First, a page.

Xie’s decision to escape from a reliance on images leaves viewers with a difficult task when it comes to interpreting the work. His piece is a radical way of revealing the ambivalence of painting as a medium and broaches the idea that what is painted is nowhere near as important as how it is painted. This idea harkens back to the artist’s long-held interest in light as a medium and his fascination with the role that light plays in the painting process. At different times of the day, light affects and penetrates through a canvas in dissimilar ways. By recreating the effects of light on the original image, the work’s concrete form and narrative are disrupted, and the work is no longer a pure visual description. In Xie’s radical exploration of light, the subject is concealed and re-revealed. By creating this visual game between the work and its viewers, Xie cuts ties with the easy consumption of images.
Lastly, Sites of Wounding: Chapter 2 (2023) demonstrates Fan’s continual efforts to push the boundaries of sculpture and create new meanings through the process. In this work, Fan uses agarwood to trace the history of Hong Kong’s name. Similar to Yu, Fan employs the body as a running motif in his practice to question assumptions relating to identity. In this work, Fan associates a non-human species with a human body, specifically drawing a link between the internal body and the trauma caused by social and institutional systems.
To create this work, Fan used 3D printing to create sculptures from computed tomography scans of his own body parts and organs, which he then abstracted by shifting their scales. He applied aqua-colour resin on the 3D-printed sculptures and then sanded down the surfaces to reveal layers that appear like sites of injury. Fan also uses the gallery wall as part of his installation and created slits in it to mirror bodily wounds. Several sculptures are embedded into the wall, allowing one to peep in and view the interior landscape. Meanwhile, blown-glass components ooze through the cracks in the wall, their brownish hue a reference to the resinous material formed when agarwood suffers a fungal infection. In this work, Fan melds the use of digital software and traditional techniques so that the action of sculpting becomes a process of generating meaning, and the manipulation or removal of the original body becomes an act of discovering abstracted forms that can no longer be easily recognised. Hence, it is useful to think of Fan’s deep exploration of the body and its displacement as being key to his radical practice that encompasses art, biology, technology, and the social implications of sculpture as a medium.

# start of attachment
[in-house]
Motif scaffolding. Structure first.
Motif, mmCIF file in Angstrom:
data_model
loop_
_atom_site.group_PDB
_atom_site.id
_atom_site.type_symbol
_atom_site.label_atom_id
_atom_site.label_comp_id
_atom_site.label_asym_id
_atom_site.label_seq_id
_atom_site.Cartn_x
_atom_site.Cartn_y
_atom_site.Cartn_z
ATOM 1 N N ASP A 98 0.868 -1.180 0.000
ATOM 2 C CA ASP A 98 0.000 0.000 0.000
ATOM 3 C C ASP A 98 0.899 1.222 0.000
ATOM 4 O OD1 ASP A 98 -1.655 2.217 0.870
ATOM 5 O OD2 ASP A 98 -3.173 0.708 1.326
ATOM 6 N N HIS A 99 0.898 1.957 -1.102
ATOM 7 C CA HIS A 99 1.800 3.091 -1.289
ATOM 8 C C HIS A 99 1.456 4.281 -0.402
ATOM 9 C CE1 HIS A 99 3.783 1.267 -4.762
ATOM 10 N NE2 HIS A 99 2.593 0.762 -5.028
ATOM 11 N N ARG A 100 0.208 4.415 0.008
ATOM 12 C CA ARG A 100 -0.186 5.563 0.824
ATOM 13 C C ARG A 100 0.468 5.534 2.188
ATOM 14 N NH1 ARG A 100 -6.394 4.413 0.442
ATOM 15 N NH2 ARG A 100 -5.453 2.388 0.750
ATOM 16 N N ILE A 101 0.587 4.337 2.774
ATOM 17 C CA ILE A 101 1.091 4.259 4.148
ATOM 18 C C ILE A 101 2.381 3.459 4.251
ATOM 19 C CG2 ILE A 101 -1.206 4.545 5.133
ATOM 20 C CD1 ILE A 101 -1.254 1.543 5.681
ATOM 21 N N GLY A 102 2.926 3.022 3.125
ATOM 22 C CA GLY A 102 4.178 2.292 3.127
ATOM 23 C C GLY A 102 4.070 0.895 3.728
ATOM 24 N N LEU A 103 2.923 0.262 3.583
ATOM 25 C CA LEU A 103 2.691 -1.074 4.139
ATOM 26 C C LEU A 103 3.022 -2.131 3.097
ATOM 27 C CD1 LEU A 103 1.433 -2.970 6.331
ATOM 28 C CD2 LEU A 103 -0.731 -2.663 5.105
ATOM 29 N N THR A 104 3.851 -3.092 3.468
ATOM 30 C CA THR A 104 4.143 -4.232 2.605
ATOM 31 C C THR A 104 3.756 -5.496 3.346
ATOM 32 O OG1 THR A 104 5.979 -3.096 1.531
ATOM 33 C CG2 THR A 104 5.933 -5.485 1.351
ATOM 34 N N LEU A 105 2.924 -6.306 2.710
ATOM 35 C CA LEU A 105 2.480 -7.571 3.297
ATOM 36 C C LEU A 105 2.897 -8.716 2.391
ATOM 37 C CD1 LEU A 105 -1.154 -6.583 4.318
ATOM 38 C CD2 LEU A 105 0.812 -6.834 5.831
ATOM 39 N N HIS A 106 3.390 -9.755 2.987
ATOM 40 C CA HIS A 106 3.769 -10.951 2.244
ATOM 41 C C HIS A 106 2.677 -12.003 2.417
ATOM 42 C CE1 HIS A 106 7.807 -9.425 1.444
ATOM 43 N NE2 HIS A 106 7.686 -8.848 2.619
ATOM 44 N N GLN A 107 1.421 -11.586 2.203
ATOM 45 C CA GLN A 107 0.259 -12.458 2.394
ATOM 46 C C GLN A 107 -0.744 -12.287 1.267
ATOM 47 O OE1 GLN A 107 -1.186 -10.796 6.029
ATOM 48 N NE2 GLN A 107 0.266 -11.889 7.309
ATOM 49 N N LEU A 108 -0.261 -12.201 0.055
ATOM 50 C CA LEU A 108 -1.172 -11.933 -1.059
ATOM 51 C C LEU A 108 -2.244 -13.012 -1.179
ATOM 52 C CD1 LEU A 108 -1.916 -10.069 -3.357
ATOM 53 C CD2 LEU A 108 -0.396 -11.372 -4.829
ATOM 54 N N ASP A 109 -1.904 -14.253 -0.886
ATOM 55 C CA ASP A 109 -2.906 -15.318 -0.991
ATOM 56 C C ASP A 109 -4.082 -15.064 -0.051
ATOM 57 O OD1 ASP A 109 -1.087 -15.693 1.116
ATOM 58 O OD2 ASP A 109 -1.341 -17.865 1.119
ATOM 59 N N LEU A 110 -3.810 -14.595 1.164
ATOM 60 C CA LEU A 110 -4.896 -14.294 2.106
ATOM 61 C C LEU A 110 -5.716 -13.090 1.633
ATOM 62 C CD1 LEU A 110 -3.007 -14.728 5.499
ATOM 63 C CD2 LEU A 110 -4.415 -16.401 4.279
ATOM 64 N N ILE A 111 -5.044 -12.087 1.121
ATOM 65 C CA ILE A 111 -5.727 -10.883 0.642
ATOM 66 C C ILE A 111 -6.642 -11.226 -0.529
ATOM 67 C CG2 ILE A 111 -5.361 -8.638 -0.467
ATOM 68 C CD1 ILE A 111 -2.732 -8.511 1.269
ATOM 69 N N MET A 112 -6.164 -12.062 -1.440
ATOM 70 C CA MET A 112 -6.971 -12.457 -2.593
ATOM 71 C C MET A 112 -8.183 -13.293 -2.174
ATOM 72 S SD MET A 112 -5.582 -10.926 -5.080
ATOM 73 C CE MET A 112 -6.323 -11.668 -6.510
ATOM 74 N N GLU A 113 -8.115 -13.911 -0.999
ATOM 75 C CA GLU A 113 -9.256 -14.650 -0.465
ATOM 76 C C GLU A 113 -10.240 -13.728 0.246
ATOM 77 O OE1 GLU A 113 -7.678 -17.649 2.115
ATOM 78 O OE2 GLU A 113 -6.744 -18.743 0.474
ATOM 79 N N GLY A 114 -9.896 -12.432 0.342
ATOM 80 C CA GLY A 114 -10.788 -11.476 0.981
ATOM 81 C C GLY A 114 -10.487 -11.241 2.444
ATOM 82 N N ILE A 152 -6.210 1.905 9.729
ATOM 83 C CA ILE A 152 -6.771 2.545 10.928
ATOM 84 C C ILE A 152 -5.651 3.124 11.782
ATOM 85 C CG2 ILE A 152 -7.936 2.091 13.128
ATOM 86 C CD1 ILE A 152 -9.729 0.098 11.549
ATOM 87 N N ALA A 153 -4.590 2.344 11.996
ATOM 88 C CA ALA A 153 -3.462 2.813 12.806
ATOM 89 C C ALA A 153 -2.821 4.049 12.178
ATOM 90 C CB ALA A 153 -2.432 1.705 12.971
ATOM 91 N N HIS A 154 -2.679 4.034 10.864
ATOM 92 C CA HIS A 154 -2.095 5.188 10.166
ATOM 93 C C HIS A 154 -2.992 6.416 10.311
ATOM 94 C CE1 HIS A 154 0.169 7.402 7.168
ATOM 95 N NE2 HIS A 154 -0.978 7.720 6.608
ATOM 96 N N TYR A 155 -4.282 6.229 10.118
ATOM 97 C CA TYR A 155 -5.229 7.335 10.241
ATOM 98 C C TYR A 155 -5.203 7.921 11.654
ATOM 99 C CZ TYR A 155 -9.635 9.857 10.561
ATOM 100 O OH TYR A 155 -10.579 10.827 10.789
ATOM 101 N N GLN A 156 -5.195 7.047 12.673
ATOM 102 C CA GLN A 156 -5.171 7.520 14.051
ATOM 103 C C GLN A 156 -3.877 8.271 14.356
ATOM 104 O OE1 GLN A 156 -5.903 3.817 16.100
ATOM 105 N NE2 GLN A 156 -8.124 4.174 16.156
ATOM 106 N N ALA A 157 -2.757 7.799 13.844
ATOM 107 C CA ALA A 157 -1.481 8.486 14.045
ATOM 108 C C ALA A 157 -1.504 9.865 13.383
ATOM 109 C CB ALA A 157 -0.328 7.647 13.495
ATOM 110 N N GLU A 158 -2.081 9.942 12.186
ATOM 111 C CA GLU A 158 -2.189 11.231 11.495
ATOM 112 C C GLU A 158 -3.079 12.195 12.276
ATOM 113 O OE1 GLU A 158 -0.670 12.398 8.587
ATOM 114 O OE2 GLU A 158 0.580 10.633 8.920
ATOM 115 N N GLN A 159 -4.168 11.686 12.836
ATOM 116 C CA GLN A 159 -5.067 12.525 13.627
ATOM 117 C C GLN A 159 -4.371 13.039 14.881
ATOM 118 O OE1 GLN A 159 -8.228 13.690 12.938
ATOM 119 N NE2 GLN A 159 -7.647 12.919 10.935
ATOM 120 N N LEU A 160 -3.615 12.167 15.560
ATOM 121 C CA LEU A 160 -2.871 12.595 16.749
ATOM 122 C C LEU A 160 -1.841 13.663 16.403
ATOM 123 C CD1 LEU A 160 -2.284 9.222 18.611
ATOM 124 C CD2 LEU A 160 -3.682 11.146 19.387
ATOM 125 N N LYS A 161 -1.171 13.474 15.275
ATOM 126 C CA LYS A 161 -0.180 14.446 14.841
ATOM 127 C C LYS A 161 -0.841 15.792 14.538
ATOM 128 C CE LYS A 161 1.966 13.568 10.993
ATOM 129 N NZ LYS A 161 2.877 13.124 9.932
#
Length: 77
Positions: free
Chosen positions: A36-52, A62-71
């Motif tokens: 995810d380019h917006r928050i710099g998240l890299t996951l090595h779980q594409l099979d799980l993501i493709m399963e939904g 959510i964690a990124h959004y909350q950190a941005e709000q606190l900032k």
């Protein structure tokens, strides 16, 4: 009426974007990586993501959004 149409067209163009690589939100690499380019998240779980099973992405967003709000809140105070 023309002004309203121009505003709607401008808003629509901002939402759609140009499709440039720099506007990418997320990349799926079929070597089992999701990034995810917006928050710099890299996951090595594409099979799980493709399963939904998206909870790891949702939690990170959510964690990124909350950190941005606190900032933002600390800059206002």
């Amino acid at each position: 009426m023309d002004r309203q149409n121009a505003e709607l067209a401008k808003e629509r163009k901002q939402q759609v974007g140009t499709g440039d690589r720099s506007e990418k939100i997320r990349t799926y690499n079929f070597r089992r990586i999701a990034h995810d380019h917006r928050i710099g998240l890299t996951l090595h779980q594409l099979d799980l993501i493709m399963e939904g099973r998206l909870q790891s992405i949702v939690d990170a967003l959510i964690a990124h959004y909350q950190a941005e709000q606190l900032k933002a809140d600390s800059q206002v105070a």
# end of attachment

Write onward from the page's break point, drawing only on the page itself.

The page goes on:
Fission and Isolation: Two Forces that Shaped the Development of Contemporary Chinese Art since 2019
Yang Zi, Beijing-based and one of the Sigg Prize 2023 nominators, shares his insights on how international developments from 2019 to the present have impacted artistic creation and how Chinese artists are moving forward in a society shaken by the COVID-19 pandemic.